Ahead of rehearsals, Karolina Sofulak, Director of Manon Lescaut, talked to Philippa Peall about her career and interpreting Puccini for the Opera Holland Park stage.
Director Karolina Sofulak and designer George Johnson-Leigh come to OHP this summer as joint winners of the European Opera Directing Prize. They began working on their winning concept while at Opera North in 2017, and this summer their vision will finally be realised on the OHP stage.
Born in Poland, Sofulak first visited OHP in person last summer, where she saw Mascagni’s Isabeau. ‘I’m a complete anglophile – always have been – so it’s no wonder that I’m crazy about British summer opera festivals… OHP seems to me like a London version of this fantastic idea of combining summer, nature and opera – some of my favourite things.’
As a child, Sofulak wanted to be a conductor, but ‘with time this morphed into the dream of being an opera director’. It was hearing The Pearl Fishers’ Duet when she was five years old that inspired her. From there she followed her dream to Poland’s finest drama school: ‘But you don’t learn directing at school; you learn from the masters, as an apprentice or assistant. I’ve been very fortunate to work alongside some truly fantastic mentors.’
Over the last few years she has climbed through the ranks to become a director in her own right, able to bring her own style to the stage. ‘I always start from the music – I listen to the mood of the piece, what emotions it stirs; what worlds it conjures up. Then I research the story itself, what inspired it and how people initially received it… I’d say that my style is narrative yet dreamy; very few operas thrive in a naturalistic setting. Opera requires flights of fancy as it’s a stylised and heightened art form.’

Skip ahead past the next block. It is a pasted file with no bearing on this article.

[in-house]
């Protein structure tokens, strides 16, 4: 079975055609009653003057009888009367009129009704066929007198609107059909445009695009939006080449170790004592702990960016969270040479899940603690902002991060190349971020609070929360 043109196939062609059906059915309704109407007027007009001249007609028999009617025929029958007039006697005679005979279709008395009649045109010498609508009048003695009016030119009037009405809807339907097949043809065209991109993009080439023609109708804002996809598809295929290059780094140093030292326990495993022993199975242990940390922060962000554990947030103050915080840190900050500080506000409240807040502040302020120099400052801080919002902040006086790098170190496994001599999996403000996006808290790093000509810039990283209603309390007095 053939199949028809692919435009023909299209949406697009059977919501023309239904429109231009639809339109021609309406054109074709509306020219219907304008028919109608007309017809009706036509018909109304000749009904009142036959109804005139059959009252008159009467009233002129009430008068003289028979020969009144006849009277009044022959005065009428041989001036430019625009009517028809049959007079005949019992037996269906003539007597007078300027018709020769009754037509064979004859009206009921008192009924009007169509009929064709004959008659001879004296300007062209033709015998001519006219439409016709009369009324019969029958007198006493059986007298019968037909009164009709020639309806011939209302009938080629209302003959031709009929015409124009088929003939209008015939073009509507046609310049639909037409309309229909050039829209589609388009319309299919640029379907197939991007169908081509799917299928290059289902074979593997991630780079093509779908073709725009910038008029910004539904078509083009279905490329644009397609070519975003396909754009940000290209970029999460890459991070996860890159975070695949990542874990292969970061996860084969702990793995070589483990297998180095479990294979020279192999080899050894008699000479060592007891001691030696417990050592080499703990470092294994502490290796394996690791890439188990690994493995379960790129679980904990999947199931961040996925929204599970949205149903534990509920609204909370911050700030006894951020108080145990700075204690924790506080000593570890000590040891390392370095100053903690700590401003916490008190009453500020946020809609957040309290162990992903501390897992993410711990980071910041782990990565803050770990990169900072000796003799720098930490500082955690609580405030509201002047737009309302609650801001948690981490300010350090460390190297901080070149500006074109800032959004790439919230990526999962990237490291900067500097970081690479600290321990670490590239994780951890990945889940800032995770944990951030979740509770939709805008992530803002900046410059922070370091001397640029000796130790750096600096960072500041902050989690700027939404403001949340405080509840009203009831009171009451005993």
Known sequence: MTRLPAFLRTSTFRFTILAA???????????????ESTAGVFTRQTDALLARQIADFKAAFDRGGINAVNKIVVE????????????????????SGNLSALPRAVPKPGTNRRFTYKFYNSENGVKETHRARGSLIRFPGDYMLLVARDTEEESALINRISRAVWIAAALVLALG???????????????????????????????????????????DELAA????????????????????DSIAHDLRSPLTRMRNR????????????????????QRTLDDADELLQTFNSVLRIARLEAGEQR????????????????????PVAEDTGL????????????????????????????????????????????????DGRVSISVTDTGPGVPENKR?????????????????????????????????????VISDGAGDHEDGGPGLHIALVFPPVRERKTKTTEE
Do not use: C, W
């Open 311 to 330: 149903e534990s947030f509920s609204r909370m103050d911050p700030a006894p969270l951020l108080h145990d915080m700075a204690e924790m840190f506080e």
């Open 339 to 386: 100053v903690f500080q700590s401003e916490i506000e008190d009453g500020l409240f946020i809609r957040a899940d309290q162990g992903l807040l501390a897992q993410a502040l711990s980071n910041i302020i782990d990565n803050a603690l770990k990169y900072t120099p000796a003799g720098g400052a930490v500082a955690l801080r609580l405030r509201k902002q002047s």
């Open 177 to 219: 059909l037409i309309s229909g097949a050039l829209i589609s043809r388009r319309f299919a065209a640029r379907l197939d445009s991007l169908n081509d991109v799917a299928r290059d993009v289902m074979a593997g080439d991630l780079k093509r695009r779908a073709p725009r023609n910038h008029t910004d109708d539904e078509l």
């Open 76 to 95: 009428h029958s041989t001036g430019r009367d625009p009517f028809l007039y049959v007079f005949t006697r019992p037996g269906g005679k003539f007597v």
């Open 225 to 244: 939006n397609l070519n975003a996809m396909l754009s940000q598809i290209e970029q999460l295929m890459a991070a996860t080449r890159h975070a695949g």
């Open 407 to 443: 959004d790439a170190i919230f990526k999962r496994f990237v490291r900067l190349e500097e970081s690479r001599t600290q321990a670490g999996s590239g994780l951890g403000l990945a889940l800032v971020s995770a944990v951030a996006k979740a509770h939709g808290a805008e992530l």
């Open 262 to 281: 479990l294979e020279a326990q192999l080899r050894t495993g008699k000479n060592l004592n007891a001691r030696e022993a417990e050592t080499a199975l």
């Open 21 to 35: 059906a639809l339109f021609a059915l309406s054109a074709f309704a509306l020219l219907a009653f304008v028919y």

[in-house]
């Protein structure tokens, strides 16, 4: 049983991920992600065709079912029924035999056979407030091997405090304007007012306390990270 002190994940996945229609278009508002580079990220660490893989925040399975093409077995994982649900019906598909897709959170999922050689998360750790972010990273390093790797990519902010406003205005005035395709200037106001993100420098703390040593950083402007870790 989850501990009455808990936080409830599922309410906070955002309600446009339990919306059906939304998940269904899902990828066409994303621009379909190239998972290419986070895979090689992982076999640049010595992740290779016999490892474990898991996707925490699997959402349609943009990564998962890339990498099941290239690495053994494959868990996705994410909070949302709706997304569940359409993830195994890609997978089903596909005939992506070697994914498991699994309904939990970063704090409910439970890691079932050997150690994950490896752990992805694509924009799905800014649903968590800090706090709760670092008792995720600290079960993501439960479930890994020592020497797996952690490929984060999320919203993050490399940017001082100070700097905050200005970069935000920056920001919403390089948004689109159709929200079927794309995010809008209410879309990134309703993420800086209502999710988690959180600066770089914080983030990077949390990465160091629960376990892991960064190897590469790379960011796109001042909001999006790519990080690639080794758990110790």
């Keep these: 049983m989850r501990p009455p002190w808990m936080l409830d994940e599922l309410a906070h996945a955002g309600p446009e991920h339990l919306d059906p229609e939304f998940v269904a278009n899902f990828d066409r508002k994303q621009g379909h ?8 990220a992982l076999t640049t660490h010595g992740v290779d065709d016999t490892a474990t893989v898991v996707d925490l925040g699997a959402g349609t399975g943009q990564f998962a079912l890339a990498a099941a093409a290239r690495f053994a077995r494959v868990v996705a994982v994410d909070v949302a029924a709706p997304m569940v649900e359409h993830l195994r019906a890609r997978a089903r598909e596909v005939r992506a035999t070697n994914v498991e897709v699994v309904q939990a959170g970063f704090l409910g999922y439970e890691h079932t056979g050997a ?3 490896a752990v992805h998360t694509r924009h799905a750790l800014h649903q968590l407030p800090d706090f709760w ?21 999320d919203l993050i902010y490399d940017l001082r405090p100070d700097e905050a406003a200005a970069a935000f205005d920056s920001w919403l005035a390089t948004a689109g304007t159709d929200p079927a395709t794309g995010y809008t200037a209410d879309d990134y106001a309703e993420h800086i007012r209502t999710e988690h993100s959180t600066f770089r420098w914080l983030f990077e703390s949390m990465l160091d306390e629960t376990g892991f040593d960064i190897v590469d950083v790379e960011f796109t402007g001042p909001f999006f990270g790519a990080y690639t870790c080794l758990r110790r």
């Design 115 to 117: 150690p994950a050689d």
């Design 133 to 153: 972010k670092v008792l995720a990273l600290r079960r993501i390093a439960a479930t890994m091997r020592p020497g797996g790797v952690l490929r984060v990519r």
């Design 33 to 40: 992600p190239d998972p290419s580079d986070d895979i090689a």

One of Sofulak’s biggest challenges as a director is to bring new ideas to well-known repertoire, such as Manon Lescaut. ‘For me the question is always: why does that particular story still want to be told? Why do we need it? What makes it archetypal? How does it apply to our life today? It’s both a joy and a challenge to unearth this layer of meaning beneath an opera’s staging history, to scrape off the local colour and received assumptions, and to look at the raw story underneath.’
As a director she appreciates Puccini’s understanding of stagecraft, and dramaturgically sound operas with varied and exciting themes. ‘I value him personally for his fervent attempts to capture femininity. Many people say his operas are dreadfully misogynistic, but I disagree. In his case, presenting strong women oppressed by patriarchy on stage might have been a way to exorcise his own sense of injustice at how the world is constructed. Times have changed and now we wouldn’t tell those stories from such a perspective, but we must remember within what social structure Puccini was operating in his day… there is a tremendous radical potential in his works.’
In her own interpretation of Manon Lescaut, Sofulak hopes that the audience will admire the title character’s perseverance and empathise with her vulnerability. ‘The production itself furnishes a setting in which we can focus on this meditation on female empowerment and the dangers of commodification.’
As well as the challenges of presenting the work, there are also the spatial challenges of the OHP stage – wide and shallow, unlike in more traditional indoor theatres. ‘I like that in such a set up the design does not have to compete with a gilded or ornamented proscenium.’ She also enjoys working outdoors, and of everything to come at OHP this summer, that is what she’s most excited about. ‘It makes for a truly invigorating change: fresh air, sweet scent from the gardens and the exciting festival atmosphere.’